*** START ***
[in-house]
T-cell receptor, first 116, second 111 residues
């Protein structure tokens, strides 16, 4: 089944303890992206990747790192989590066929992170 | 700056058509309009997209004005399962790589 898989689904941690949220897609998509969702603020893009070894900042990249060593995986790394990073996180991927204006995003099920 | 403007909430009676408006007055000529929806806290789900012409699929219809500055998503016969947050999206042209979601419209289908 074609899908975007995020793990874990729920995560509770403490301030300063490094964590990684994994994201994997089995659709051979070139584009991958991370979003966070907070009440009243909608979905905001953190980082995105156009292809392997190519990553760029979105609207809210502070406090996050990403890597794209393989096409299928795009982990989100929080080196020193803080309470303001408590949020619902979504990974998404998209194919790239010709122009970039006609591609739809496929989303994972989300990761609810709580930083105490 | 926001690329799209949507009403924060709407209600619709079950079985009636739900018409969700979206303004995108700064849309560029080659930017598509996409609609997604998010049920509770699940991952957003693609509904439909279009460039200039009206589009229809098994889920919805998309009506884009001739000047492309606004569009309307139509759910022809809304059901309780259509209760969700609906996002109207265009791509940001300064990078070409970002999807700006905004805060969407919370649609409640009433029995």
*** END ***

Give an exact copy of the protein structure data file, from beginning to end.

[in-house]
T-cell receptor, first 116, second 111 residues
């Protein structure tokens, strides 16, 4: 089944303890992206990747790192989590066929992170 | 700056058509309009997209004005399962790589 898989689904941690949220897609998509969702603020893009070894900042990249060593995986790394990073996180991927204006995003099920 | 403007909430009676408006007055000529929806806290789900012409699929219809500055998503016969947050999206042209979601419209289908 074609899908975007995020793990874990729920995560509770403490301030300063490094964590990684994994994201994997089995659709051979070139584009991958991370979003966070907070009440009243909608979905905001953190980082995105156009292809392997190519990553760029979105609207809210502070406090996050990403890597794209393989096409299928795009982990989100929080080196020193803080309470303001408590949020619902979504990974998404998209194919790239010709122009970039006609591609739809496929989303994972989300990761609810709580930083105490 | 926001690329799209949507009403924060709407209600619709079950079985009636739900018409969700979206303004995108700064849309560029080659930017598509996409609609997604998010049920509770699940991952957003693609509904439909279009460039200039009206589009229809098994889920919805998309009506884009001739000047492309606004569009309307139509759910022809809304059901309780259509209760969700609906996002109207265009791509940001300064990078070409970002999807700006905004805060969407919370649609409640009433029995």